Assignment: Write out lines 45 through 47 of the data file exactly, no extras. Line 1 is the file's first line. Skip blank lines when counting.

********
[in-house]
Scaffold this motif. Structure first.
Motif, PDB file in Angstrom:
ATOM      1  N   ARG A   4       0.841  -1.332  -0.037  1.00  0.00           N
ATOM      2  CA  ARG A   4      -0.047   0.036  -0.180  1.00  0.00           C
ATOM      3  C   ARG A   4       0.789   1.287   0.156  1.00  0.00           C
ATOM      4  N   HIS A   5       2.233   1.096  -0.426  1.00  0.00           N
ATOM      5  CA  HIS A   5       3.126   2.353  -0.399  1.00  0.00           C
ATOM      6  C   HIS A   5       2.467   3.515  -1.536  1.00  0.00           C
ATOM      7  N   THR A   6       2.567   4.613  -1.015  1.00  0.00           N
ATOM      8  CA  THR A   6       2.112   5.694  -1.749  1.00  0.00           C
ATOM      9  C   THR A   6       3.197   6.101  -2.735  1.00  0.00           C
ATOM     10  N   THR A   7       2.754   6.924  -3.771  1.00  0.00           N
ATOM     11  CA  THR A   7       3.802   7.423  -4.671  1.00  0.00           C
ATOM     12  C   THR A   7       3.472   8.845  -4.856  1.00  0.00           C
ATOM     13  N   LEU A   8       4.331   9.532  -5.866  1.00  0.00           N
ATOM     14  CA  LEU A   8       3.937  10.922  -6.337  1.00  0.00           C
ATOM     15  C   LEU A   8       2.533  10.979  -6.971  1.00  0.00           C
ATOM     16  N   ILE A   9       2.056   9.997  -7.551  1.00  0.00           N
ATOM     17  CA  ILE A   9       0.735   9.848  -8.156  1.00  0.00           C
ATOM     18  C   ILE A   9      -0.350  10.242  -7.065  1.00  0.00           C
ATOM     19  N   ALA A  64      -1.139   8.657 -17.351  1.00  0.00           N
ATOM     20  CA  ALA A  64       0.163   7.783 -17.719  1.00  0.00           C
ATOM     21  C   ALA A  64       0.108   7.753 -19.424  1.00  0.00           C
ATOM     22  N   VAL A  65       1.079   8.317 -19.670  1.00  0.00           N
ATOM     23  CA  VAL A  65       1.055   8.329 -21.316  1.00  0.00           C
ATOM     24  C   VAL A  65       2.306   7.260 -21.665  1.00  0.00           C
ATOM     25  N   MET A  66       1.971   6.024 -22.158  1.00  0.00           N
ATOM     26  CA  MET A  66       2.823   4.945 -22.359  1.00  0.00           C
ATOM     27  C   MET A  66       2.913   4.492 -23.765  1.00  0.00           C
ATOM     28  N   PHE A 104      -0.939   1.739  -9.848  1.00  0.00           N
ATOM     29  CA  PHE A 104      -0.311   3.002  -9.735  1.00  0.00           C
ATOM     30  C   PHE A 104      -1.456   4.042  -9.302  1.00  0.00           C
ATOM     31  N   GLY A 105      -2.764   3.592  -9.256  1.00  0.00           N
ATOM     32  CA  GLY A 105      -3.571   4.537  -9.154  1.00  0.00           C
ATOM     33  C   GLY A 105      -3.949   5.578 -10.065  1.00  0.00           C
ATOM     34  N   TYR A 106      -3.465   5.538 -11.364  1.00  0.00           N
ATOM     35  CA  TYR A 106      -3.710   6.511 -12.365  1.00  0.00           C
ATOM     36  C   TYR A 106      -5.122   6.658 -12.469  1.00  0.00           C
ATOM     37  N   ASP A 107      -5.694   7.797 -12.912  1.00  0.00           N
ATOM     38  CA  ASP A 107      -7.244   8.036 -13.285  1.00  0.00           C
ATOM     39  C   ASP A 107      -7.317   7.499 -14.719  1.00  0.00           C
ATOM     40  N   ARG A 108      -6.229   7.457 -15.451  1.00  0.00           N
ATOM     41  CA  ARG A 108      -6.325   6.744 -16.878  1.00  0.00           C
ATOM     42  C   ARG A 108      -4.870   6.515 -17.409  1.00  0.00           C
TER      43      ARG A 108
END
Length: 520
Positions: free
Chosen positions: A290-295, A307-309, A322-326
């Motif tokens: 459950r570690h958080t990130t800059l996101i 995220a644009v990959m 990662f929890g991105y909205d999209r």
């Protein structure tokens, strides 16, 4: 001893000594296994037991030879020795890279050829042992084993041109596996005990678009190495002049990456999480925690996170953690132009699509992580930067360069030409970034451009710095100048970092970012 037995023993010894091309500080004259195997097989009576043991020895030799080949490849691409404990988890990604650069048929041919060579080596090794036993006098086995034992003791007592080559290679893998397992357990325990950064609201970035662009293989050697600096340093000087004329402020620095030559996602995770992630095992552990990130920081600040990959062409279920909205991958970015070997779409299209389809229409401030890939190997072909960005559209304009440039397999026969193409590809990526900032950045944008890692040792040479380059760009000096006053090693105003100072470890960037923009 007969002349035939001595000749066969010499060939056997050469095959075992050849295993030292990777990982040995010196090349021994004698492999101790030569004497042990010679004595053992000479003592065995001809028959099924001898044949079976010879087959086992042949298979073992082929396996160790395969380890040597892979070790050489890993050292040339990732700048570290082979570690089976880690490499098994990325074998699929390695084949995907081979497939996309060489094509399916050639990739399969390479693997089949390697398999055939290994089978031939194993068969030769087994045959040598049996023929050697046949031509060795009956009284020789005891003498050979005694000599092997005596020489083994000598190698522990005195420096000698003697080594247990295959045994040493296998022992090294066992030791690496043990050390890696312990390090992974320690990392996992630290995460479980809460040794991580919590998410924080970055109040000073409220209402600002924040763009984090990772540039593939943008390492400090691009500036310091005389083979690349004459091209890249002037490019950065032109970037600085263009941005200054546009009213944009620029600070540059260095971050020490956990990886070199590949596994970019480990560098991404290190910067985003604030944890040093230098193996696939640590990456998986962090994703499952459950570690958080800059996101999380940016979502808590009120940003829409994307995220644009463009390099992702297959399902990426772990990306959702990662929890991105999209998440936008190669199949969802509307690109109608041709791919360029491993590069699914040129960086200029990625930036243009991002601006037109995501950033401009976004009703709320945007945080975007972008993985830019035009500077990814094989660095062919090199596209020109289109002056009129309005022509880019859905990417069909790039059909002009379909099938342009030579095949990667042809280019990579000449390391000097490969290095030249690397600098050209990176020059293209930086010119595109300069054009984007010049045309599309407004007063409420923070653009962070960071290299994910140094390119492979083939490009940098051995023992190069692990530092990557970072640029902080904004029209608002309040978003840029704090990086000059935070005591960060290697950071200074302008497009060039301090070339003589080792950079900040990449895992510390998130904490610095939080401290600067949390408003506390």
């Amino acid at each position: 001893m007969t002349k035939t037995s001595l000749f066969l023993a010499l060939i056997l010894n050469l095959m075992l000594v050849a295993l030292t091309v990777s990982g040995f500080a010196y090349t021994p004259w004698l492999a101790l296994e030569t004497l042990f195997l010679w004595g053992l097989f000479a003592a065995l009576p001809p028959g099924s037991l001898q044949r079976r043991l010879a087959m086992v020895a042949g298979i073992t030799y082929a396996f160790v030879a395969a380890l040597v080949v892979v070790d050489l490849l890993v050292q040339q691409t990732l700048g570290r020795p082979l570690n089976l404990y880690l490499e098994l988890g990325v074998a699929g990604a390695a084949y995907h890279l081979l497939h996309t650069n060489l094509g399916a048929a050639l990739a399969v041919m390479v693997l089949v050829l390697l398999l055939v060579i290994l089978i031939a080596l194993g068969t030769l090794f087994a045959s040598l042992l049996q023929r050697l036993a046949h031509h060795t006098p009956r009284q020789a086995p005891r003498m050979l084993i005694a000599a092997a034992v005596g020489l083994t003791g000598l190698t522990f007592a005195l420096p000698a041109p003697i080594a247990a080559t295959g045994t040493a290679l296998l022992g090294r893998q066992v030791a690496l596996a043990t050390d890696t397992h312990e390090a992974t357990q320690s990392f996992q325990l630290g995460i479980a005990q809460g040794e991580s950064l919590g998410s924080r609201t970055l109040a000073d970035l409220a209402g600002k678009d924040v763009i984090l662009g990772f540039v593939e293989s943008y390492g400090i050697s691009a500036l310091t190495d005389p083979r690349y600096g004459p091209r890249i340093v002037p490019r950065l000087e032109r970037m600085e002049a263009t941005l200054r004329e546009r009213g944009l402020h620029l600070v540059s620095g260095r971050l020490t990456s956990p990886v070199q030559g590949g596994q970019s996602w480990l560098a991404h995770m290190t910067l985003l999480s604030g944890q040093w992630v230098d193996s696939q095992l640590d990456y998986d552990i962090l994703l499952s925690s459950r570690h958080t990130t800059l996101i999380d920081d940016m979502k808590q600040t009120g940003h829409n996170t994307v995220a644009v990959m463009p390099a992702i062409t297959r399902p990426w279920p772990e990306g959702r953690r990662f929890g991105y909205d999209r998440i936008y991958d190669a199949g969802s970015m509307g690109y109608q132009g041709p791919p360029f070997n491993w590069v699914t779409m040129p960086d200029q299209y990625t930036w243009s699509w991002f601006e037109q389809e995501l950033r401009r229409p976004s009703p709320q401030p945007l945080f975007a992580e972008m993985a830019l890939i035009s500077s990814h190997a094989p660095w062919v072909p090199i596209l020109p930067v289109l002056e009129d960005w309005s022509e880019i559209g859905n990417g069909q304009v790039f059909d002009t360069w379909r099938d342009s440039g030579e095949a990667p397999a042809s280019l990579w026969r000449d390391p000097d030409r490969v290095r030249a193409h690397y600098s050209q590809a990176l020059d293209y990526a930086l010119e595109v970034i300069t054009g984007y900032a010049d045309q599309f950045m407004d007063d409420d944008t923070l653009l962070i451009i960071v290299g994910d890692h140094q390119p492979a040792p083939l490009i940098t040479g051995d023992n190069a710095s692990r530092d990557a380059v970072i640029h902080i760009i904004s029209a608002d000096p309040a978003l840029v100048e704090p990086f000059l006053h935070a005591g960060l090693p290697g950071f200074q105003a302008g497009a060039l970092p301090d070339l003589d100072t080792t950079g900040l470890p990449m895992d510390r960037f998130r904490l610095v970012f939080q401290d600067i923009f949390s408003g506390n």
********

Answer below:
ATOM     42  C   ARG A 108      -4.870   6.515 -17.409  1.00  0.00           C
TER      43      ARG A 108
END